Dusti, Marketing Coordinator:
Strawberries or raspberries with whipped cream
Maya, Marketing Coordinator:
"Fake Charcuterie Board" - A plate with prosciutto, grapes, and Cool Ranch Doritos
Becca, Marketing Coordinator:
Shredded cheese, out of the bag, standing in front of the open fridge, and a little piece of ham for her cat Pants
Pictured left: Pants
Jasmine, Marketing Coordinator:
Spicy noodles with spam
Breanne, Ops Coordinator:
Eggo waffles, specifically the chocolate chip ones
Emily, Project Manager, Creative Services:
A can of RedBull, because true gamers don't sleep
Valerie, Brand Manager:
Cheese and crackers, but specifically everything-flavored pretzels with spicy pepper jack cheese and/or lemon hummus
Meaghan, Digital Marketing Manager:
Popcorn or chips and spicy salsa - you can't go wrong!
How many of these fun facts did you know? Did we miss any? Let us know when you submit your review!
Abarat is the first book in the Books of Abarat series by Clive Barker. It's followed by Days of Magic, Nights of War, and Absolute Midnight. The series was intended to have five books, but so far Absolute Midnight is the most recent book, releasing in 2011.
Barker drew all of the illustrations in the book himself. He created over oil 300 paintings before he even started writing the first book!
Barker has worked on numerous movies and television shows, in addition to writing everything from books to poetry and plays. His short story collection Books of Blood gained such popularity that reprints boasted Stephen King's quote "I have seen the future of horror and his name is Clive Barker" on the cover.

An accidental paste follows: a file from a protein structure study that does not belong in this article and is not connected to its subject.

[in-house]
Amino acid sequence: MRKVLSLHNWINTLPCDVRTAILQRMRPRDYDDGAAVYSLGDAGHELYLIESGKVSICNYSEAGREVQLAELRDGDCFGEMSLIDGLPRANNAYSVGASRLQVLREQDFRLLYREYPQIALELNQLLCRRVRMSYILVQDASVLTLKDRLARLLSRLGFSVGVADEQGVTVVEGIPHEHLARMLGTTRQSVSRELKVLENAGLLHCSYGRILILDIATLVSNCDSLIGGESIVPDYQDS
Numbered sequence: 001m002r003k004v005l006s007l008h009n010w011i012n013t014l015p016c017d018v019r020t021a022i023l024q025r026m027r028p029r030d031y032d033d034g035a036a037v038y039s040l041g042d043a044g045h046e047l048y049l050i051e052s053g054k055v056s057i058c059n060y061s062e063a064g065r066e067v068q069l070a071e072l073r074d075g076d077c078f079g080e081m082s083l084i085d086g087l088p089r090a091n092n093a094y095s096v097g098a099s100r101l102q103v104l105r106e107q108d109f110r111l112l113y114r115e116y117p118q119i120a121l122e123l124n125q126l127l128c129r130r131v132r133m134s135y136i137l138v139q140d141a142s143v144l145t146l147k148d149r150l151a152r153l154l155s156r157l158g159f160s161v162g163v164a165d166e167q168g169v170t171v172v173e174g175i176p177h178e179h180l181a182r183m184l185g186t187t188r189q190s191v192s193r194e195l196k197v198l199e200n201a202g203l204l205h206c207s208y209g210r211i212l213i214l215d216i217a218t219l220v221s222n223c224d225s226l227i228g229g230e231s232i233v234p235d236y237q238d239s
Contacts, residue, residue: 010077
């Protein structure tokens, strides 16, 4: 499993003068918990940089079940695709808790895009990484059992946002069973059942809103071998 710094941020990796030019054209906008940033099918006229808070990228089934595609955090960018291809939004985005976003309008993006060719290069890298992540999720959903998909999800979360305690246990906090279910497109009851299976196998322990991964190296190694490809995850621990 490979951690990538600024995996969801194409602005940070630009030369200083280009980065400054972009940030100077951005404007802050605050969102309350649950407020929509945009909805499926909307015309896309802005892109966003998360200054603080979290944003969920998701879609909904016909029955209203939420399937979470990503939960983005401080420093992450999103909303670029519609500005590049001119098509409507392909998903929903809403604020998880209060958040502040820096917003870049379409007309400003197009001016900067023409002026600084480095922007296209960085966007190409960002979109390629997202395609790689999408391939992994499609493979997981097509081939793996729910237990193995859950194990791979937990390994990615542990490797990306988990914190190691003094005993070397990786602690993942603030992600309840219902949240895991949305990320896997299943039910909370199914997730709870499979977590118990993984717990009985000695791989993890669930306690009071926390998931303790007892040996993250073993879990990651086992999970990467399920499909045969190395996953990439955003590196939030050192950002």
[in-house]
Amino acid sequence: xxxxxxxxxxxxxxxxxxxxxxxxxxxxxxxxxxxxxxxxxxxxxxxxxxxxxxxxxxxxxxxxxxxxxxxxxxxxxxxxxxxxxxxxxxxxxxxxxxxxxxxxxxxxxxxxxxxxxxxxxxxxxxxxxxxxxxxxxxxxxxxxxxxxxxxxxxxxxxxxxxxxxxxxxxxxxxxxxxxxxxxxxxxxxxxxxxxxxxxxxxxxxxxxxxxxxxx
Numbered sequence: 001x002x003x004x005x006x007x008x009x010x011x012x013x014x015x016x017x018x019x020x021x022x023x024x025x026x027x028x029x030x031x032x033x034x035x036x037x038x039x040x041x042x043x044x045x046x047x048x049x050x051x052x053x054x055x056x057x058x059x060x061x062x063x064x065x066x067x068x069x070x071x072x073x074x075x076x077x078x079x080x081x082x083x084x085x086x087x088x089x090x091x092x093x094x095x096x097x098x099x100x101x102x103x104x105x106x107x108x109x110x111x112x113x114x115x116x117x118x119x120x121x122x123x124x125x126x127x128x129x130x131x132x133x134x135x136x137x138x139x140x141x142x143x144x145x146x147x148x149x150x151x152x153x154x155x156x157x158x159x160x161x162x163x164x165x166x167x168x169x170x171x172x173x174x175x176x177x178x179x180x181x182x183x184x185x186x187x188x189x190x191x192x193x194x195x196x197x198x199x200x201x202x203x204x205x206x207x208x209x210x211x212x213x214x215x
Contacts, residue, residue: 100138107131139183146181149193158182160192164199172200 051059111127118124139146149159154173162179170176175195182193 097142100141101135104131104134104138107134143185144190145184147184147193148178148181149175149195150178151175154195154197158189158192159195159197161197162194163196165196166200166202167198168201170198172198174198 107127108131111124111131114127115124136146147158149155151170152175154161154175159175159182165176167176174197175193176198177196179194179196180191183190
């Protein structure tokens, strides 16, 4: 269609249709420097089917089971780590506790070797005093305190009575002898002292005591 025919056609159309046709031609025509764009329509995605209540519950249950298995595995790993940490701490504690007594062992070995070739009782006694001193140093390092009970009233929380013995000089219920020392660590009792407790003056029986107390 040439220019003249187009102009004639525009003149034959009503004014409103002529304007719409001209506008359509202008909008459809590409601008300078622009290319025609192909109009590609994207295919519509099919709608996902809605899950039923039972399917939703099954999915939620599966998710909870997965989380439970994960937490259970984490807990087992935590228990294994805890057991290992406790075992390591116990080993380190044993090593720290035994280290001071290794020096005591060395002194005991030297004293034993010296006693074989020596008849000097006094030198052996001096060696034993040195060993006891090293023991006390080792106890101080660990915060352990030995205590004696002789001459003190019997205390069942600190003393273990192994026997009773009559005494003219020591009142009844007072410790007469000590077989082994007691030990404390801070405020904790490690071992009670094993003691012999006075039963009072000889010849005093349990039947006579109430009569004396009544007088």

Barker's short story series Books of Blood have been adapted in to many movies and TV shows. Most notably Rawhead Rex, The Forbidden (adapted to Candyman), The Midnight Meat Train, Dread, and the titular Books of Blood films from 2007 and 2020.
The short story The Forbidden was adapted to film as a series. The first time was in 1992 as Candyman with 2 sequels in the 90's, and another in 2021 with Jordan Peele's Candyman.
The Hellraiser series is based on Barker's 1986 novella The Hellbound Heart. The first movie adaptation was released in 1987, with a remake released in 2022.
Works of art created by Barker were used in the set of the Netflix series Chilling Adventures of Sabrina. Around 150 pieces were used in the set for the Academy of the Unseen Arts.
in 2001, McFarlane Toys released a set of monster action figures created by Barker. The set had a novelette included featuring the action figures in the story.
The world of Abarat is unlike anything else. It's a masterful play on space and time with the dark twists of a YA horror
Bloodsucking Fiends by Christopher Moore